The Minimalist is gone.
“The Minimalist” was a The New York Times column by Mark Bittman, cook for everyman. His column came with a video, each for something simple: frittatas, pickled lemon, chicken under a brick. After 13 years and over 700 columns, Bittman has decided to move on.
I don’t think Bittman cooks especially well; he can’t plate at all; but he has great comic timing and exudes fun. (I have often tried to spy him on his lower-Manhattan runs. He makes himself—not his family, but his favorite places to buy vegetables, his running route, his humor—known through his videos.) His bestselling How to Cook Everything is a great map for making everything basic and some things divine; it’s the only cookbook I use. (“It’s the dirtiest cookbook in our kitchen,” chef Mario Batali has said, too. Make us mates in our tastes, Bittman.)
Bittman published that first bestseller in 1998, after no formal training in cooking but lots of experimenting and public face time (Bittman’s a people person more than a chef). He wrote some other food books, too, like Food Matters and How to Cook Everything Vegetarian. Now, he’s dropping his online video blog to write on varied topics (some food-focused) for the magazine and the Opinion section.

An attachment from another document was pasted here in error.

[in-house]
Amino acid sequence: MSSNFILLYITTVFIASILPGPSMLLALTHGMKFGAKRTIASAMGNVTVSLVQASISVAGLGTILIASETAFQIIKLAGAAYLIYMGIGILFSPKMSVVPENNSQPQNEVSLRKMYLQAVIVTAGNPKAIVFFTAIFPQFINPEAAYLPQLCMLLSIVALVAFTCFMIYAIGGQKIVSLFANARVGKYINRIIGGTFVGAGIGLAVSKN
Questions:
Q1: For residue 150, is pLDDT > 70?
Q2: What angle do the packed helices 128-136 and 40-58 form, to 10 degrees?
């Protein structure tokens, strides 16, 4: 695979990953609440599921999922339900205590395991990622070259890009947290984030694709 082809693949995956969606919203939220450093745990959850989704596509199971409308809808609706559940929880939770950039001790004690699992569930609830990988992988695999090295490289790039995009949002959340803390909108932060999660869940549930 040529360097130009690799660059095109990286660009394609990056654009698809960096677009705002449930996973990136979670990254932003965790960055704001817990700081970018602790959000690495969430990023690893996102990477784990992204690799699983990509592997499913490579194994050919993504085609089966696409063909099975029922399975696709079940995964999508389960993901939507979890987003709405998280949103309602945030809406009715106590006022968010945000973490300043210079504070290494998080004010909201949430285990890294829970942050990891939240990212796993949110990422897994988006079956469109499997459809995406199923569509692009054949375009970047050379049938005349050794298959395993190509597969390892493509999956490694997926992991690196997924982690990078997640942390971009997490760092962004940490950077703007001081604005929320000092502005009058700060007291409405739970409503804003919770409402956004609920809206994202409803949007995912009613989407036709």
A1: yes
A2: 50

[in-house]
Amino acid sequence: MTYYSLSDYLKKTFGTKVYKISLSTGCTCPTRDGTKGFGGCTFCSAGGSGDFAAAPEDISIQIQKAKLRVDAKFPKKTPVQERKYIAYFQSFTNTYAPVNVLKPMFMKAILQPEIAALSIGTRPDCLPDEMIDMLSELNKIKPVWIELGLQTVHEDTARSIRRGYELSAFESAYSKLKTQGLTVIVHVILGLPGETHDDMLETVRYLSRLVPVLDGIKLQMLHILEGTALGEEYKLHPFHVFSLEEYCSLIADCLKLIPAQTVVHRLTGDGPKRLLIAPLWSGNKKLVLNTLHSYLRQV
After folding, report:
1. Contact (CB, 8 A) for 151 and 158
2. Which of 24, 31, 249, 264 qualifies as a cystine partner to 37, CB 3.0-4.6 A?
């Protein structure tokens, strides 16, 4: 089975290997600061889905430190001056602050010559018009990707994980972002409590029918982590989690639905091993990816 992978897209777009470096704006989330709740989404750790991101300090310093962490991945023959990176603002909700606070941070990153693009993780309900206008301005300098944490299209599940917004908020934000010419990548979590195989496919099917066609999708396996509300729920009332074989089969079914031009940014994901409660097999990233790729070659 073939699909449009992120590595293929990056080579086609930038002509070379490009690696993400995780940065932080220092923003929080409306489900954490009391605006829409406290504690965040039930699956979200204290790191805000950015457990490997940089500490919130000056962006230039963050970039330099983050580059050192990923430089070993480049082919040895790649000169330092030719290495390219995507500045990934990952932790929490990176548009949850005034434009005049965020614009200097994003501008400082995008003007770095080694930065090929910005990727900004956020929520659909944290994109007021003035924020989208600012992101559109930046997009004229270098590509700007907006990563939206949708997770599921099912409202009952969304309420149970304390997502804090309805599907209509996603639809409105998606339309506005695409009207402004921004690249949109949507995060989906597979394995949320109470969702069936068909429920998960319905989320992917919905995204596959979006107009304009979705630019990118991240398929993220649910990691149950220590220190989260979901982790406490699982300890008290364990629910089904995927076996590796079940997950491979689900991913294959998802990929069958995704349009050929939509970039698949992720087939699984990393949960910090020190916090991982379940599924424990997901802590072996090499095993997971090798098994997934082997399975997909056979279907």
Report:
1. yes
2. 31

I’ll miss you, Minimalist videos. I have had four staple routines with The New York Times: “Sunday Routine” in the Metropolitan section, “Modern Love” in Sunday Style, the wedding video on Sunday, and, most devotedly, the minimalist videos. They have been my procrastination, my midday salivation, my imagined activity that I almost never complete at night. They are candy: a snap of someone being sloppy and informal about his profession. I’ve learned to cook one or two things in them.
The frittatas, for instance. I will hold onto you, Bittman frittata, a good light way to eat egg and cheese. You please me. You have a minimal bit of egg and a good bit of salt in your sharp parmesan, tang in your tarragon. We cook bundles of asparagus like logs banging in the pot, until they peak in green, then pour them into ice water, to sustain. The shallowest bed of egg meets a logroll of asparagus; smothered in your cheese and herb, you are light; with a slice of sourdough and a glass of wine, you are fine.
So dies a simple one. He was a cushion for the brain in midday. But we’ll probably get to follow him on. Bittman is good friends with Batali, who’s certainly active, and he has multiple political things still to say about eating healthy (he has a no-meat-during the day policy. He says he lost lots of weight by only eating veggies till dinner time); and so I’m sure he’ll be offering us some new tome soon.
Ilana Simons is a therapist, literature professor, and author of A Life of One's Own: A Guide to Better Living through the Work and Wisdom of Virginia Woolf. Visit her website here.
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